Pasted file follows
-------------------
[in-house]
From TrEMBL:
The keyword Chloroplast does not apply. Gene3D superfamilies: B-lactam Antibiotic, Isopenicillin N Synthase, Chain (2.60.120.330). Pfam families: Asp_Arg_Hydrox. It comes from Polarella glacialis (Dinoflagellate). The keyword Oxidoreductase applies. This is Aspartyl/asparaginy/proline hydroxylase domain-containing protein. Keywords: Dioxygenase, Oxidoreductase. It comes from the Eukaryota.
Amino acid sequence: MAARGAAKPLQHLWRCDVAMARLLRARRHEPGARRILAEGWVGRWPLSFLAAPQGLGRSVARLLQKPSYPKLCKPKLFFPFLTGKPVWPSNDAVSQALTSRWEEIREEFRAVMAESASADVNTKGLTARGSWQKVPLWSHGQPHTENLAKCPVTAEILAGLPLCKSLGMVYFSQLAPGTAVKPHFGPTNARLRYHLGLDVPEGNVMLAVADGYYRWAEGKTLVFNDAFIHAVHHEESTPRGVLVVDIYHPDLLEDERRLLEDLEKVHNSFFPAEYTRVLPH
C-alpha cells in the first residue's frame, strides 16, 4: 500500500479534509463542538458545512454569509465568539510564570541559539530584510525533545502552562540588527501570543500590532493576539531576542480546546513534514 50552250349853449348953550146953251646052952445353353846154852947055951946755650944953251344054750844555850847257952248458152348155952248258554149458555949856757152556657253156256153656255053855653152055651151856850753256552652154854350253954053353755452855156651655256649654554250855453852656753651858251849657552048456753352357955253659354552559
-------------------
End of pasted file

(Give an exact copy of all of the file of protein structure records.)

[in-house]
From TrEMBL:
The keyword Chloroplast does not apply. Gene3D superfamilies: B-lactam Antibiotic, Isopenicillin N Synthase, Chain (2.60.120.330). Pfam families: Asp_Arg_Hydrox. It comes from Polarella glacialis (Dinoflagellate). The keyword Oxidoreductase applies. This is Aspartyl/asparaginy/proline hydroxylase domain-containing protein. Keywords: Dioxygenase, Oxidoreductase. It comes from the Eukaryota.
Amino acid sequence: MAARGAAKPLQHLWRCDVAMARLLRARRHEPGARRILAEGWVGRWPLSFLAAPQGLGRSVARLLQKPSYPKLCKPKLFFPFLTGKPVWPSNDAVSQALTSRWEEIREEFRAVMAESASADVNTKGLTARGSWQKVPLWSHGQPHTENLAKCPVTAEILAGLPLCKSLGMVYFSQLAPGTAVKPHFGPTNARLRYHLGLDVPEGNVMLAVADGYYRWAEGKTLVFNDAFIHAVHHEESTPRGVLVVDIYHPDLLEDERRLLEDLEKVHNSFFPAEYTRVLPH
C-alpha cells in the first residue's frame, strides 16, 4: 500500500479534509463542538458545512454569509465568539510564570541559539530584510525533545502552562540588527501570543500590532493576539531576542480546546513534514 50552250349853449348953550146953251646052952445353353846154852947055951946755650944953251344054750844555850847257952248458152348155952248258554149458555949856757152556657253156256153656255053855653152055651151856850753256552652154854350253954053353755452855156651655256649654554250855453852656753651858251849657552048456753352357955253659354552559